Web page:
You do not have to visit a cube farm or an executive suite to find corporate America; you can find it in the ubiquity of marketing, in the selling of ourselves even outside the working world. “Cashing In” is a forlorn posting on something called the Unfortunate Heroes blog, where our nameless, faceless, hero tells his 15-minutes-of-fame debacle: in the right/wrong place at the wrong/right time, he saves several lives by clobbering a deranged shooter in a Times Square tourist trap with the help of an electric guitar hanging on the wall as part of the restaurant’s branding. Recovering from the bullet wound he sustains, the young man is interviewed on TV in his hospital bed and makes a joke about the fact that his website, where he displays his photographs of fire plugs and guitars, is down at this moment of maximum publicity. “So much for cashing in,” he quips. With that remark he turns the media and the world against him. Meanwhile, the shooter confesses that he was in an alcoholic blackout and suffers from Hero/Villain Delusion Syndrome; this, along with his public remorse, completes a reversal of public sympathies so that the bewildered narrator becomes the villain and the shooter the victim.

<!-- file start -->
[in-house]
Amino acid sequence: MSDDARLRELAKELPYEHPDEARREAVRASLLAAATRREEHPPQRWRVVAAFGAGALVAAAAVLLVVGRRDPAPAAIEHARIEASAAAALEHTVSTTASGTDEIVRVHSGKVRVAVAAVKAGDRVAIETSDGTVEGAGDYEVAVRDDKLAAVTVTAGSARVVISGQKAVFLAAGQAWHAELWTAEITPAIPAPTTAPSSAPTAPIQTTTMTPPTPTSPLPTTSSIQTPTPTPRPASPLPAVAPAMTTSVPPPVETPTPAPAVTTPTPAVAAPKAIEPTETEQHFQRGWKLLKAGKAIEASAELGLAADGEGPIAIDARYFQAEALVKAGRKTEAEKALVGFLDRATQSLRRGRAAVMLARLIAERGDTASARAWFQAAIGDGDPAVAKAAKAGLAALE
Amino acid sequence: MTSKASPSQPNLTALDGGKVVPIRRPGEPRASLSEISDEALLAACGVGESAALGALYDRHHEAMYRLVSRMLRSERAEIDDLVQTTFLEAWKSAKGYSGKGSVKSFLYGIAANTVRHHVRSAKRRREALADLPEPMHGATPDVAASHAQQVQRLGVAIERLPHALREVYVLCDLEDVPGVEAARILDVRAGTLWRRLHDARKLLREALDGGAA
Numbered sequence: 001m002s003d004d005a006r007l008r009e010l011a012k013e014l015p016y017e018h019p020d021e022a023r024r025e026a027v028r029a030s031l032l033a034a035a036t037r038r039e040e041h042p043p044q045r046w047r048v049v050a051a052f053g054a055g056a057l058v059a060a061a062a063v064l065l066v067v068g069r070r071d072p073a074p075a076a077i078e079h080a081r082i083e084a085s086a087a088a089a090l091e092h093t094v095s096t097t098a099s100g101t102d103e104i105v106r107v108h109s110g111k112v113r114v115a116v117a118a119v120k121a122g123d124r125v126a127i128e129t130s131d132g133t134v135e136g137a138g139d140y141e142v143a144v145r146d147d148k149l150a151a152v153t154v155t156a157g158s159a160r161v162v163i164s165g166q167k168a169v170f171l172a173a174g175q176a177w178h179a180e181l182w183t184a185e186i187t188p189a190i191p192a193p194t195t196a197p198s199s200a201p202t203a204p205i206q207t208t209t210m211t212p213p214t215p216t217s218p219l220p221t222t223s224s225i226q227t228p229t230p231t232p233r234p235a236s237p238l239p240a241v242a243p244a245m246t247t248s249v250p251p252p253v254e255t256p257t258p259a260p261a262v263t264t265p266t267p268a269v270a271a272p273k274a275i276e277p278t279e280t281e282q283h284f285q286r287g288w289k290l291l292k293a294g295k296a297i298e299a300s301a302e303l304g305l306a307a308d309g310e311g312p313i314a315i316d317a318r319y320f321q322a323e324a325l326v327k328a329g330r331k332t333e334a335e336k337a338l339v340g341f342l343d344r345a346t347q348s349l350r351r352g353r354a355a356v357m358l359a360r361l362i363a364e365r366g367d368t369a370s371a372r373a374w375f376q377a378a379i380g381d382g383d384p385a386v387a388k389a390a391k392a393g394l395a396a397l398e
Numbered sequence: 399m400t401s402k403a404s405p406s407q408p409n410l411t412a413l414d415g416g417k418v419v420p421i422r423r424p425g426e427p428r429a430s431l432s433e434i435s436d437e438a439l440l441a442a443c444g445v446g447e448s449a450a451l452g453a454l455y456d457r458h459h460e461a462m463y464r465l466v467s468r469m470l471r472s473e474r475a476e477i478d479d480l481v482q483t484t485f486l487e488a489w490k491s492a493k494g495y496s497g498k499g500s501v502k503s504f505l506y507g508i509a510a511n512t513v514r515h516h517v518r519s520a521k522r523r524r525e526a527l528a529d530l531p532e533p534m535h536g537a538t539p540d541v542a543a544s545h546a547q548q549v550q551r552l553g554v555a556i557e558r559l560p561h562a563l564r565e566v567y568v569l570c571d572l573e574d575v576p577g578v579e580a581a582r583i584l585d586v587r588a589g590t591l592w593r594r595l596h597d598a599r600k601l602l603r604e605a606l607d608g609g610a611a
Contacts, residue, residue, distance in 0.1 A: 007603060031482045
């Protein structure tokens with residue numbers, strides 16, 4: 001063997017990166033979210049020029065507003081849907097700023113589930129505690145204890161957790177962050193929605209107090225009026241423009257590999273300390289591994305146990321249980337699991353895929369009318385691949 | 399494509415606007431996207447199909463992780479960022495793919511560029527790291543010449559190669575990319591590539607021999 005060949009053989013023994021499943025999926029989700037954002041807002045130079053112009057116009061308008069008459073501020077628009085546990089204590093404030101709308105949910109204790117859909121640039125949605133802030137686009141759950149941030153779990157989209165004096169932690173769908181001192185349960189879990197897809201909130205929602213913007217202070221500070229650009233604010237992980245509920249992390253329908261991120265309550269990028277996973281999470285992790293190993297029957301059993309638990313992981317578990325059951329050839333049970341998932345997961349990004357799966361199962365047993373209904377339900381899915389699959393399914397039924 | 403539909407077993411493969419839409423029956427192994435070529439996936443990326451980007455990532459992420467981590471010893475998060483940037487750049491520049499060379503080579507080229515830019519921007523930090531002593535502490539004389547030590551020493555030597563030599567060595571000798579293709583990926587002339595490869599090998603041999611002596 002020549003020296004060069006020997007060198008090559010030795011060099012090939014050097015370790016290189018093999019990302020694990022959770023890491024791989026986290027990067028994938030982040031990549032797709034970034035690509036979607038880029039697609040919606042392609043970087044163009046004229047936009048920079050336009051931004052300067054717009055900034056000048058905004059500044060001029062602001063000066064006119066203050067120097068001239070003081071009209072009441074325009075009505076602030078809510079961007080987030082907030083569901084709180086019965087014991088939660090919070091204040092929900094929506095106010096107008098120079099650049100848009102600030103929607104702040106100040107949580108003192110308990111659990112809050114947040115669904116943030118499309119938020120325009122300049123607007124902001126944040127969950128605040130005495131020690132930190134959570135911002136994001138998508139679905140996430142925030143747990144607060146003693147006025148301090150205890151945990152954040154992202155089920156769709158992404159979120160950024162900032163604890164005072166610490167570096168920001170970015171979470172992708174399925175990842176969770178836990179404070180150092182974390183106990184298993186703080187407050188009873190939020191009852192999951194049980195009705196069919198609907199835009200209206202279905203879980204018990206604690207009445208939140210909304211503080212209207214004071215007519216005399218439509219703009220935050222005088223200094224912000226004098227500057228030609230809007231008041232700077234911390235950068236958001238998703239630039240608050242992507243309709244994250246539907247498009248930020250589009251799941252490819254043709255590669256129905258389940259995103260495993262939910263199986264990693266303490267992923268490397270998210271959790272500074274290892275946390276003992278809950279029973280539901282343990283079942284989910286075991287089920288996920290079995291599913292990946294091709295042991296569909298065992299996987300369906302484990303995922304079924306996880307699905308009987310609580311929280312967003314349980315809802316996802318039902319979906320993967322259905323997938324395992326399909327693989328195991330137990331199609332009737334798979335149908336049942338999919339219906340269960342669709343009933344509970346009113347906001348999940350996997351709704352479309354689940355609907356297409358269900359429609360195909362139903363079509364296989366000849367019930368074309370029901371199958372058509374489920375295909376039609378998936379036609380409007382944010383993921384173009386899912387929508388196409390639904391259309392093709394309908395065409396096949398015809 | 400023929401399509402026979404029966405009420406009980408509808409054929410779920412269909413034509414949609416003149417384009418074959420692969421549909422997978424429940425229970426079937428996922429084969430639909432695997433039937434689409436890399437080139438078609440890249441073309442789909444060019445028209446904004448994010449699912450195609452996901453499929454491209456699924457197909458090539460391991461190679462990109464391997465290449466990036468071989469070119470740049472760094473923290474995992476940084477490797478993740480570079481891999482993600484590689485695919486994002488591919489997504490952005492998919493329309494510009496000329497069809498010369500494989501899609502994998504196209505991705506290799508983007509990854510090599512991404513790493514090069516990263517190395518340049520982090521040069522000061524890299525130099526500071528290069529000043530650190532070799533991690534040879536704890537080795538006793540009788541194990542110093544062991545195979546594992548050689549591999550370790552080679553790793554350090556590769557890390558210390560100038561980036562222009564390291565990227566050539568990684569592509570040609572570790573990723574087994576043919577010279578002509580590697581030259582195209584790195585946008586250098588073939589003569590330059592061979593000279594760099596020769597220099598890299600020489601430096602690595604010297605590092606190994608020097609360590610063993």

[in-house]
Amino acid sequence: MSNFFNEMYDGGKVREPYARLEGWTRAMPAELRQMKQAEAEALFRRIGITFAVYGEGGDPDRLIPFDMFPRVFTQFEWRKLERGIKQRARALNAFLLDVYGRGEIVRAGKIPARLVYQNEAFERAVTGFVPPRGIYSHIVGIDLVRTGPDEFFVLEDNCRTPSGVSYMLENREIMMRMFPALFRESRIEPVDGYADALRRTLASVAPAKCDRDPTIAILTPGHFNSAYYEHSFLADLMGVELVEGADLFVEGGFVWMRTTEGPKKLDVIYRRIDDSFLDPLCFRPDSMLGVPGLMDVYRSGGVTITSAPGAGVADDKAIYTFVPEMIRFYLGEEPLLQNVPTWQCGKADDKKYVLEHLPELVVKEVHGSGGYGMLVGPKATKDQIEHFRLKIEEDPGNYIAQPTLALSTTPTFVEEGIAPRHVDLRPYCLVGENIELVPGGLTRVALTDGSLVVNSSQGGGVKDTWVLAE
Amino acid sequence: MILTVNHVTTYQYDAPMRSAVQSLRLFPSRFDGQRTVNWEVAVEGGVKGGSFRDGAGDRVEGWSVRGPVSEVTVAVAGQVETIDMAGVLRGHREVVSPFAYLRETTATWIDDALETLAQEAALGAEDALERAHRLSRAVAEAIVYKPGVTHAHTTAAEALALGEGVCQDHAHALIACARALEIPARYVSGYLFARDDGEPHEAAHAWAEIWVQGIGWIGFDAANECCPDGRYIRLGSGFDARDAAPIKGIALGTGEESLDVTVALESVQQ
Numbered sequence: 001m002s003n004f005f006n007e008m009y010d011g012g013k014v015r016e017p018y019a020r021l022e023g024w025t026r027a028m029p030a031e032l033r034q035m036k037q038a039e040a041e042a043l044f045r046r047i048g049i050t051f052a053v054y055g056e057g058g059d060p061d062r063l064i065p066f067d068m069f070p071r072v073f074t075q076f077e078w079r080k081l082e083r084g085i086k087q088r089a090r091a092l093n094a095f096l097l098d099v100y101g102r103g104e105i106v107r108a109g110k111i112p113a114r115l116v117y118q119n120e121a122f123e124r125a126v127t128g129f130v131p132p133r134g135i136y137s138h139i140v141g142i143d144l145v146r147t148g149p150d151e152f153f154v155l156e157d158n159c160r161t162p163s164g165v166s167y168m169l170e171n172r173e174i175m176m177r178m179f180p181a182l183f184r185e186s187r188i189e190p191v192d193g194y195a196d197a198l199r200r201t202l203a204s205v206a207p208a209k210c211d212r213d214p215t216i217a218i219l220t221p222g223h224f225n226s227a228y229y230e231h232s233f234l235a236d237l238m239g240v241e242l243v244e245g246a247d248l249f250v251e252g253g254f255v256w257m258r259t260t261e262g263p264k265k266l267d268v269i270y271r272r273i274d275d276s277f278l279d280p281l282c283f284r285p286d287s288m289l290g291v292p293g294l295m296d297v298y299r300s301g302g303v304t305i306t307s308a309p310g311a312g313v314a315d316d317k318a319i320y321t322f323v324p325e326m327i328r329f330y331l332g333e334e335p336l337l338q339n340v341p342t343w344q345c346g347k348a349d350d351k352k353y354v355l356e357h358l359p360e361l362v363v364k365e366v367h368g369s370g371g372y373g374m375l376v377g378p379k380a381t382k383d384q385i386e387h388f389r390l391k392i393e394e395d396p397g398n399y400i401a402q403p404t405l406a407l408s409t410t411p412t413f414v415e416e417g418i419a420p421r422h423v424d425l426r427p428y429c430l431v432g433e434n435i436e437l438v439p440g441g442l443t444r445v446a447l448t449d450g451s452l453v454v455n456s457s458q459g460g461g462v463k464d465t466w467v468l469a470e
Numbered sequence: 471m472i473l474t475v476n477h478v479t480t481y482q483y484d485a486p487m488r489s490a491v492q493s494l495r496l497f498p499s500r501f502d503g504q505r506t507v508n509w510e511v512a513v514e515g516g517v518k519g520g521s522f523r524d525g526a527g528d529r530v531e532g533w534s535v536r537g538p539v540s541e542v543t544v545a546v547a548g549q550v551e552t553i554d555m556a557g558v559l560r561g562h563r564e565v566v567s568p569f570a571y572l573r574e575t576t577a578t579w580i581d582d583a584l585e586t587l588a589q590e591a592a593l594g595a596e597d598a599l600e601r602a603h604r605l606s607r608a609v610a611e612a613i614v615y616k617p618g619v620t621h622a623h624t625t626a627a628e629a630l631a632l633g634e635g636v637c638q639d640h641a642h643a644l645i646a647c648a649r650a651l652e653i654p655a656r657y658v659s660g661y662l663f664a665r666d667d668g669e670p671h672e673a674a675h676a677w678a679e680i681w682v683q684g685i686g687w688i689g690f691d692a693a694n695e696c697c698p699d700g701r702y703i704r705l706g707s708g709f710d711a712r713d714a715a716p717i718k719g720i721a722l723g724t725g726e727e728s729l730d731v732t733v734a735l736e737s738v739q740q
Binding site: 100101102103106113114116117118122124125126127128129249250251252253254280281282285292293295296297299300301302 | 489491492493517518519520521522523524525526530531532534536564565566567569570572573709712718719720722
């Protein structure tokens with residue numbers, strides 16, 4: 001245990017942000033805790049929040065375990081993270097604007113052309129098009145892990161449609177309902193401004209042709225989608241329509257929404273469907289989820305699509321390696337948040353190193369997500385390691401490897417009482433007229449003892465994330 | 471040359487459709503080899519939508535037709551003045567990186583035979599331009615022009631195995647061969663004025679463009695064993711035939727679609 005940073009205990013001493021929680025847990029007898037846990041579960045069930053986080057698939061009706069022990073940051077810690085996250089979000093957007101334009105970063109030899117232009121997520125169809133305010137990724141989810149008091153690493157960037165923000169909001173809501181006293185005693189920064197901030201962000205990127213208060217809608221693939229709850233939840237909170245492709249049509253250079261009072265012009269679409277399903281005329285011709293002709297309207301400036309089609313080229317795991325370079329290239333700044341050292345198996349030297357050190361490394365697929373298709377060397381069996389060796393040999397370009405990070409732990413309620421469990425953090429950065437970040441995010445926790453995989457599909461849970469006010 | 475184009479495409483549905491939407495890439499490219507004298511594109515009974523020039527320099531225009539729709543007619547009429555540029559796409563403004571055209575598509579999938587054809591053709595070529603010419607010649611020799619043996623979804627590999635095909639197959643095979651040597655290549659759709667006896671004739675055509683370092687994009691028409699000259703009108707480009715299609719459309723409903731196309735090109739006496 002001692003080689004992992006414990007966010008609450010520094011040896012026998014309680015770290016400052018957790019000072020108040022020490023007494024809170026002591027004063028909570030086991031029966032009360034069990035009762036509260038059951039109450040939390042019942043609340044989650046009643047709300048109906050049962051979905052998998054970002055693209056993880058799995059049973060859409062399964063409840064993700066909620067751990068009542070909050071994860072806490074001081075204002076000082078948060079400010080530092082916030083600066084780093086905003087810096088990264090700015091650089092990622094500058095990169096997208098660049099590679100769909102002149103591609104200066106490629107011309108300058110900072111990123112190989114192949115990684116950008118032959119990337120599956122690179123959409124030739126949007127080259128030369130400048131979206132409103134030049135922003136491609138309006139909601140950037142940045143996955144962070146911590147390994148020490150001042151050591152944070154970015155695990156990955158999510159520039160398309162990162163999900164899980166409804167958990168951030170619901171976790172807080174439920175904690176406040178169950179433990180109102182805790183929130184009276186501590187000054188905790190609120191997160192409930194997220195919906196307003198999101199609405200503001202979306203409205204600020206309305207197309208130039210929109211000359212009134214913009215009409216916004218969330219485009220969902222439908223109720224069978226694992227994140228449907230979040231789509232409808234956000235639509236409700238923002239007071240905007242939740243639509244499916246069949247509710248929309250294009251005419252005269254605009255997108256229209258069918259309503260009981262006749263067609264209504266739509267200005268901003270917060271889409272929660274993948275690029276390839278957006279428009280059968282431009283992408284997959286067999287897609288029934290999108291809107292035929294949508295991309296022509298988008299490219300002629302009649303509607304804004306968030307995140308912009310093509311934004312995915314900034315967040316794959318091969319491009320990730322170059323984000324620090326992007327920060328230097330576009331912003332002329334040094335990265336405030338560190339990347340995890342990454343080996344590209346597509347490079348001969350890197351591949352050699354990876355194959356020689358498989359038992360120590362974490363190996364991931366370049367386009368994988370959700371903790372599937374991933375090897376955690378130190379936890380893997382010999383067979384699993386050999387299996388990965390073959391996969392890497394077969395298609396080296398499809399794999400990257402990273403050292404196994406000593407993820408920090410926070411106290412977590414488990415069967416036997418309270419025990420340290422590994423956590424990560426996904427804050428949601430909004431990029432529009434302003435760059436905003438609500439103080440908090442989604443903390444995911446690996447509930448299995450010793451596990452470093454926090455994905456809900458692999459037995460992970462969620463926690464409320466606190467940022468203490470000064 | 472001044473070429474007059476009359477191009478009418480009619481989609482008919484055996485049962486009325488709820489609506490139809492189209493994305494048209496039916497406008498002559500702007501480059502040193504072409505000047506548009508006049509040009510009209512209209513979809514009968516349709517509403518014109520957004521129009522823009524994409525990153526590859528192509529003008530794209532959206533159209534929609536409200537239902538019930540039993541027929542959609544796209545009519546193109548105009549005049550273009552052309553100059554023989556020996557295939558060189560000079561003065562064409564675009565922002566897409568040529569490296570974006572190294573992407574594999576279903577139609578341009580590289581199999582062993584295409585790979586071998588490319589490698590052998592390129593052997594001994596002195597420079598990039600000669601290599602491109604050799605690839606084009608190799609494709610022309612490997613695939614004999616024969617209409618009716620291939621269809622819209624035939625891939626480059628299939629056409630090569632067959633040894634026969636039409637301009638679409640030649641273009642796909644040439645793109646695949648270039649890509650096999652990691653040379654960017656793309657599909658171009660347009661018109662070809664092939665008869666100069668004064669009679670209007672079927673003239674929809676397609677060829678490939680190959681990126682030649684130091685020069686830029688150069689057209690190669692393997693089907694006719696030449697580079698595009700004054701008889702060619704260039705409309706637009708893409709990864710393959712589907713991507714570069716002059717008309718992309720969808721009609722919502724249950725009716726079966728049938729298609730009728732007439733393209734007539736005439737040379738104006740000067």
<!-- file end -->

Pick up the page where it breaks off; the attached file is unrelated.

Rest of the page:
In submitting for publication the Transcendent Guide to Corporate America, my collection of stories about work and life in the corporate era, I recently wrote a detailed description of the book. It turned into a story-by-story summary about how themes in the stories relate to the general themes of the guide. I thought I'd present them here, one story at a time. This is the eighth. As for what the individual stories are actually "about," you're on your own. If you'd like to read this one, it's published online here.